To pass students along in school when they are unprepared or retain them without addressing their needs denies students access to opportunities at the next level of schooling, in postsecondary education, and in the workplace. Both policies send a message to students that little is expected from them, that they have little worth, and that they do not warrant the time and effort it would take to help them be successful in school. The cost of these policies extends beyond individual students to society as a whole. Employers have little confidence in a high school diploma as proof that graduates are prepared with the requisite skills. Colleges and businesses spend resources providing remedial training for students and employees. Lack of education and skills is highly associated with poverty, crime, and violence among youth and young adults.
With pressure increasing to hold students accountable for performance and to end social promotion, and research pointing to negative findings related to retention, educators may feel they have few choices. The results of both policies are unacceptably high dropout rates, especially for poor and minority students, and inadequate knowledge and skills for students. Neither practice closes the learning gap for low-achieving students, and neither practice is an appropriate response to the academic needs of students who have not mastered required coursework.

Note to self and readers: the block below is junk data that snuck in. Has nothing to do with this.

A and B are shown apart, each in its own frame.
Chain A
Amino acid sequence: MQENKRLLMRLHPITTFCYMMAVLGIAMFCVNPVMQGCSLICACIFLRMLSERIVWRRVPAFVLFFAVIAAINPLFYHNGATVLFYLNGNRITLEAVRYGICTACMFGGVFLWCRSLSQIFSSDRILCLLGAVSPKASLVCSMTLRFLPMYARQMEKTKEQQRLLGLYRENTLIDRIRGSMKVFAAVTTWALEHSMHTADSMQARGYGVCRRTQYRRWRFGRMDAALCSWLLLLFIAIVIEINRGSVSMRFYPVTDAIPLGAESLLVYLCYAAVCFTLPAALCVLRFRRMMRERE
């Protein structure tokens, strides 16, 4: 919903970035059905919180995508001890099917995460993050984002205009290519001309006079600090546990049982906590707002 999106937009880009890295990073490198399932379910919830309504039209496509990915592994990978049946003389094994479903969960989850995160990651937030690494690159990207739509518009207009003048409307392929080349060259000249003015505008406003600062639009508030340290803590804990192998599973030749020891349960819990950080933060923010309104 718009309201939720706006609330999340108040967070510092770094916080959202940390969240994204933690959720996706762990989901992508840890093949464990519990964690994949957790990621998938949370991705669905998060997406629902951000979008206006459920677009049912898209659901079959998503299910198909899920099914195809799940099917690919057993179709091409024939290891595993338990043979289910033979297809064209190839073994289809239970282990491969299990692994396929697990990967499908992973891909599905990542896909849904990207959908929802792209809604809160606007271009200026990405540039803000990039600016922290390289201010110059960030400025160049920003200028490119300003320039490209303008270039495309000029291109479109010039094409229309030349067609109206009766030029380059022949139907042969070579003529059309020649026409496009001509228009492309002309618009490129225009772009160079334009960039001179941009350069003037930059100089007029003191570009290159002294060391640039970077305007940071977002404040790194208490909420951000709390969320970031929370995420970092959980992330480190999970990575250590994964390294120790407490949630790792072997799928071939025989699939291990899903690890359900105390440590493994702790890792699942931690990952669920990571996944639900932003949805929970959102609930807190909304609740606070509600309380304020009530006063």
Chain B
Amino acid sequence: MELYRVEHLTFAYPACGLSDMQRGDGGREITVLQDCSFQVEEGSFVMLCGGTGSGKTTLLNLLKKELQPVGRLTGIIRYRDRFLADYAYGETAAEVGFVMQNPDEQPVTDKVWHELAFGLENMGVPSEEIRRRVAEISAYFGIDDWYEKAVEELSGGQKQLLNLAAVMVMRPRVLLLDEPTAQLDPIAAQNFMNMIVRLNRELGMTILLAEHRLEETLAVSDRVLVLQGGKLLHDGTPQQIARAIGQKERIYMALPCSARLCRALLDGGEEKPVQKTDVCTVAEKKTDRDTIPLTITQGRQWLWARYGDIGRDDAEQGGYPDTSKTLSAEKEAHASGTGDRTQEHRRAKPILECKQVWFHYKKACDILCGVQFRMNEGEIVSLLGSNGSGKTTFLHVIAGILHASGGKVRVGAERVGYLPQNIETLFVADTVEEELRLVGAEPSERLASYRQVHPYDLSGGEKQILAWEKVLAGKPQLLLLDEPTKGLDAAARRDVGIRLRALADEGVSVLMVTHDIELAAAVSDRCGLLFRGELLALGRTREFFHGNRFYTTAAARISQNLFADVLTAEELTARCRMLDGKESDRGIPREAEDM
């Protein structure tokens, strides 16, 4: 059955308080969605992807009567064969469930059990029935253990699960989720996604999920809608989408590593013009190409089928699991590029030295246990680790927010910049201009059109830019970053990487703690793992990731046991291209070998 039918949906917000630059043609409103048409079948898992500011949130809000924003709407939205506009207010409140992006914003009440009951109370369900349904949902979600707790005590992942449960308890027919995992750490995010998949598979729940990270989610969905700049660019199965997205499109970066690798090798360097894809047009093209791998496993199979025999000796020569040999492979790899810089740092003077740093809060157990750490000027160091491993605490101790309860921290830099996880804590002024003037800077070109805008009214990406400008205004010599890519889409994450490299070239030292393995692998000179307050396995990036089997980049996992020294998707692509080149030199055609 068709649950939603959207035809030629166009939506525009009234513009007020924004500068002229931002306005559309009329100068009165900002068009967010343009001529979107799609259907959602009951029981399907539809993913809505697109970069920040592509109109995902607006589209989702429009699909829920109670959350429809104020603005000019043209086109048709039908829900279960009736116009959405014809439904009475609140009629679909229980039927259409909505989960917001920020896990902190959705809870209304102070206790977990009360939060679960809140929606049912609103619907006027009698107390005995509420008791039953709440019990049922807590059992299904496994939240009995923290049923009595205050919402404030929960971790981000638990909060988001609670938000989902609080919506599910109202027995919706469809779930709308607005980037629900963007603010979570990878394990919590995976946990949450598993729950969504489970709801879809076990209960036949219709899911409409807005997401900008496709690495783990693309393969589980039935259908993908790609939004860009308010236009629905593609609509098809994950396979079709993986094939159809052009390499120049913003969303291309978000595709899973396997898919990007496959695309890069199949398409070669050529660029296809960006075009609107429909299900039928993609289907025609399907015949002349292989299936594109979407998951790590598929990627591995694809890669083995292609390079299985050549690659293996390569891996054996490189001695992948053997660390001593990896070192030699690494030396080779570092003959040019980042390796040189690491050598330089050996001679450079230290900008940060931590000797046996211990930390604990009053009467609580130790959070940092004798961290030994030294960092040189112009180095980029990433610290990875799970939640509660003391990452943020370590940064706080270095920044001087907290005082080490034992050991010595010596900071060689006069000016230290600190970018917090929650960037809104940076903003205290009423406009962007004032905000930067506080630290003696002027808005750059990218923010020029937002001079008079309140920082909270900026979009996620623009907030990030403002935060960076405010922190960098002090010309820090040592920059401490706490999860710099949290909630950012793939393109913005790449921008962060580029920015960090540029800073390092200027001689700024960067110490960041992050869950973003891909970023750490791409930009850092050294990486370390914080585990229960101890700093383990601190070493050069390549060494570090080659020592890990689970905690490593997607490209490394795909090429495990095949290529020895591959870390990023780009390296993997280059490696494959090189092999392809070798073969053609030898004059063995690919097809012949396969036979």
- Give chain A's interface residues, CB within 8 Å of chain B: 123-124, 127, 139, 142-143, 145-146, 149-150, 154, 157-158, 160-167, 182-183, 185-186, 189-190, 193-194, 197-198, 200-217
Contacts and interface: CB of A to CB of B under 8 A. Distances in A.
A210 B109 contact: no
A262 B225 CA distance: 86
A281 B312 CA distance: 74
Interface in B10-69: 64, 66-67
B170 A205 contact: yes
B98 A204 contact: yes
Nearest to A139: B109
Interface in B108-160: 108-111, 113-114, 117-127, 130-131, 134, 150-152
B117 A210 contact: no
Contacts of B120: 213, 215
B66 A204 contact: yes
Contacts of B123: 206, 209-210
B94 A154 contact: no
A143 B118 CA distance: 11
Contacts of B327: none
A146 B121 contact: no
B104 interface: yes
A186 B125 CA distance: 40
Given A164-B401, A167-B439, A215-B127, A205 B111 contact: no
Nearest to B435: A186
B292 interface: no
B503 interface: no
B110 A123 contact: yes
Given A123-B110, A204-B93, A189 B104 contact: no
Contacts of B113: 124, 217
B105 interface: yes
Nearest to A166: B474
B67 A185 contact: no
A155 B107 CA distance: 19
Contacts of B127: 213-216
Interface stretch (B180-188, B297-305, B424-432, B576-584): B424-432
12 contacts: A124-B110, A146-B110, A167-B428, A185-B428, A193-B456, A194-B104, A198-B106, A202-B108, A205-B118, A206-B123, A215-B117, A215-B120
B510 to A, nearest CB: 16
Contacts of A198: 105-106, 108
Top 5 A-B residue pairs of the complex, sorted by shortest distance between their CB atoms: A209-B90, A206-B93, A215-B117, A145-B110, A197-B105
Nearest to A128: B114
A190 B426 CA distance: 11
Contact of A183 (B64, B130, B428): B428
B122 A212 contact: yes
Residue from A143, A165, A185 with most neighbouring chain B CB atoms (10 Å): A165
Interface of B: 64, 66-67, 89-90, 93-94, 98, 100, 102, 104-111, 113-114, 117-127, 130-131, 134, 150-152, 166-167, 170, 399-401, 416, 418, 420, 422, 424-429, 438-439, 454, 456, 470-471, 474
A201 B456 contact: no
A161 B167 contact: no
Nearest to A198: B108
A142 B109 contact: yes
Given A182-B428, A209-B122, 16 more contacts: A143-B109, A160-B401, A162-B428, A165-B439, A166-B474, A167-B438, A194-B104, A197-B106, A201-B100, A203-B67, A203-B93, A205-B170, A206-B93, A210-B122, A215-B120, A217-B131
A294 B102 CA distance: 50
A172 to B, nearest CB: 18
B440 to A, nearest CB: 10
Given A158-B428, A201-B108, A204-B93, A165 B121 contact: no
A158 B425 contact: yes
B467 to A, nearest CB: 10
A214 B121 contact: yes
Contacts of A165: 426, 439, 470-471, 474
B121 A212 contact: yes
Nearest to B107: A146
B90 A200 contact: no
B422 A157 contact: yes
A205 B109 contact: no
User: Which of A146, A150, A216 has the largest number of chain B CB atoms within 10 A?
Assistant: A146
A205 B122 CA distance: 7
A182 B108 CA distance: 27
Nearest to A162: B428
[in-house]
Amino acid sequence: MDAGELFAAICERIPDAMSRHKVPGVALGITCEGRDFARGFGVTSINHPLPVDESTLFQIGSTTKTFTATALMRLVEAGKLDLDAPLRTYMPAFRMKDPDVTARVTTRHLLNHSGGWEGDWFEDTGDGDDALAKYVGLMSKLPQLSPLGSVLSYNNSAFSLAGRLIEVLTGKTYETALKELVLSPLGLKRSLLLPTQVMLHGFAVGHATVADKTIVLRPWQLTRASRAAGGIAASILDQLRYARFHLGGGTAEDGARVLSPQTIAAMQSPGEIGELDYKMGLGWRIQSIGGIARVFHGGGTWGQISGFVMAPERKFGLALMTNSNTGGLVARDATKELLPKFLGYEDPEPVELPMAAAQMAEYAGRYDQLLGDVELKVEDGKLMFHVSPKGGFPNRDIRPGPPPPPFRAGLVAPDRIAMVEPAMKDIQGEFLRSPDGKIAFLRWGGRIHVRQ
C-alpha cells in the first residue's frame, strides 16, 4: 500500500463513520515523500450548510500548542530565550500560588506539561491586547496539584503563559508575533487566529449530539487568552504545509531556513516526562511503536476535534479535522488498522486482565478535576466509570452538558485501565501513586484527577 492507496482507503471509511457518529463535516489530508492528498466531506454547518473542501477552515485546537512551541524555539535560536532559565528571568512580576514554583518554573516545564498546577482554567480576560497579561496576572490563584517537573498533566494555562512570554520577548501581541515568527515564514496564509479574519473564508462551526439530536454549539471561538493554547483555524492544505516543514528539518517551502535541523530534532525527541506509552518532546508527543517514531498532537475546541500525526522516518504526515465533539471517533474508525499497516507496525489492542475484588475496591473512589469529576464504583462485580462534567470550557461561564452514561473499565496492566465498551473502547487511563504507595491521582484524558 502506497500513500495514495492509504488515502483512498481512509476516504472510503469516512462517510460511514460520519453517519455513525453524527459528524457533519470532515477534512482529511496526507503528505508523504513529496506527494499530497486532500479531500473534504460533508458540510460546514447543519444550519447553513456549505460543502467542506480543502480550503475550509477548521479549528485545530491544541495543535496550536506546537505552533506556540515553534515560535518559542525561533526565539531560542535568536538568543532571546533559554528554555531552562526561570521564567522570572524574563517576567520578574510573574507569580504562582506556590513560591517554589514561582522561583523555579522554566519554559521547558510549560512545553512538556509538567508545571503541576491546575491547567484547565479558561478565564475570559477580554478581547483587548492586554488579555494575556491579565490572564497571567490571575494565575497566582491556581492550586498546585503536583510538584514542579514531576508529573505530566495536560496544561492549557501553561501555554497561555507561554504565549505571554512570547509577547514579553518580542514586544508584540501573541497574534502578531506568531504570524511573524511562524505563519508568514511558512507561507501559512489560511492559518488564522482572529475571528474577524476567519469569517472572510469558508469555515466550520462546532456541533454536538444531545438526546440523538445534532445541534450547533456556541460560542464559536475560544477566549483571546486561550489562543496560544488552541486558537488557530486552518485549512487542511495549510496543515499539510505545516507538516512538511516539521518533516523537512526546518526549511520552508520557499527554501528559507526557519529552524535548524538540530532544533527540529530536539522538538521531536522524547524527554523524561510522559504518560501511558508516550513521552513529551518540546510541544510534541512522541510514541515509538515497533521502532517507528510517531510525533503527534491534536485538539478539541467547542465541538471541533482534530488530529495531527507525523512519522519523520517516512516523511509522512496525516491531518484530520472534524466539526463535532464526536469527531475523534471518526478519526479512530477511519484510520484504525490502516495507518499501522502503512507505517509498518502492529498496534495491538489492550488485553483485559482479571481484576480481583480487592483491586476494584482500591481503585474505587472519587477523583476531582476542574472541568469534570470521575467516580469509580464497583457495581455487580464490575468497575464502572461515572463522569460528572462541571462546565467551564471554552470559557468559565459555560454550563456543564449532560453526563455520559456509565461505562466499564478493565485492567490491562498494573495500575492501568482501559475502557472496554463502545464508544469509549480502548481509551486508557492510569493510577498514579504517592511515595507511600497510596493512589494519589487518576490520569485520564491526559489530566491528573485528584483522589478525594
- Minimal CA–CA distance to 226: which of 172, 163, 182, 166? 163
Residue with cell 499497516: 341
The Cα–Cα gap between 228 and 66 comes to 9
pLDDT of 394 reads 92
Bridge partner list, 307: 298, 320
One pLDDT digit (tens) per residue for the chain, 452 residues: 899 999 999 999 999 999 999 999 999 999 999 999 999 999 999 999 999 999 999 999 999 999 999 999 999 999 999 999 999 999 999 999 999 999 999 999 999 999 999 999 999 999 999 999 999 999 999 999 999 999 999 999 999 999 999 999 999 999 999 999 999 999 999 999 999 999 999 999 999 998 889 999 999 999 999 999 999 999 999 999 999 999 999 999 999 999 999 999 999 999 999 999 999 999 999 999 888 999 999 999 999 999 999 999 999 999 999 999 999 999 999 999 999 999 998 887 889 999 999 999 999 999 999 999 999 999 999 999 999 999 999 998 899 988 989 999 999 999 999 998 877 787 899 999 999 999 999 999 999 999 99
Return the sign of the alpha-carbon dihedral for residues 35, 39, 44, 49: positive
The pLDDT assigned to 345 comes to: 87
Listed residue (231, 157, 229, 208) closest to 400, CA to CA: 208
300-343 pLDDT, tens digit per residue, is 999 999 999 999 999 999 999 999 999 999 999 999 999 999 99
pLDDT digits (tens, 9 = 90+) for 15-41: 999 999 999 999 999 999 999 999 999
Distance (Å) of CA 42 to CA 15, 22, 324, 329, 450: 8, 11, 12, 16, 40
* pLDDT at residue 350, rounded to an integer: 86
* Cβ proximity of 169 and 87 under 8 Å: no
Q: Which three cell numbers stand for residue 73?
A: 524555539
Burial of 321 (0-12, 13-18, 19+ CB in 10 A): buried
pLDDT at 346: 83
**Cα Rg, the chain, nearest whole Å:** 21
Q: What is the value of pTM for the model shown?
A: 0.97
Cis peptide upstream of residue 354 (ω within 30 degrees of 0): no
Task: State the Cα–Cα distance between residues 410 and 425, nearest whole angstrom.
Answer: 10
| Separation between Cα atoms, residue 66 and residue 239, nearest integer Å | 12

This policy guide offers better options to social promotion and retention by focusing on interventions to help all students meet high expectations. While raising our awareness of the important need for students to meet performance requirements at key grades, ending social promotion is not a stand-alone policy that can be imposed on students. Taking responsibility for ending social promotion requires a comprehensive effort involving all stakeholders to addresses multiple problems and a variety of student needs.
It starts with setting high standards and making them count by holding schools accountable for preparing students to meet the standards. A comprehensive approach to ending social promotion requires early identification of student needs, research-based strategies for improving learning, and timely intervention for students who need extra assistance to meet standards. It demands that all classrooms have well-prepared teachers and high-quality curricula. It calls for increased family involvement at home and in the school, and it calls for greater community support of educational activities.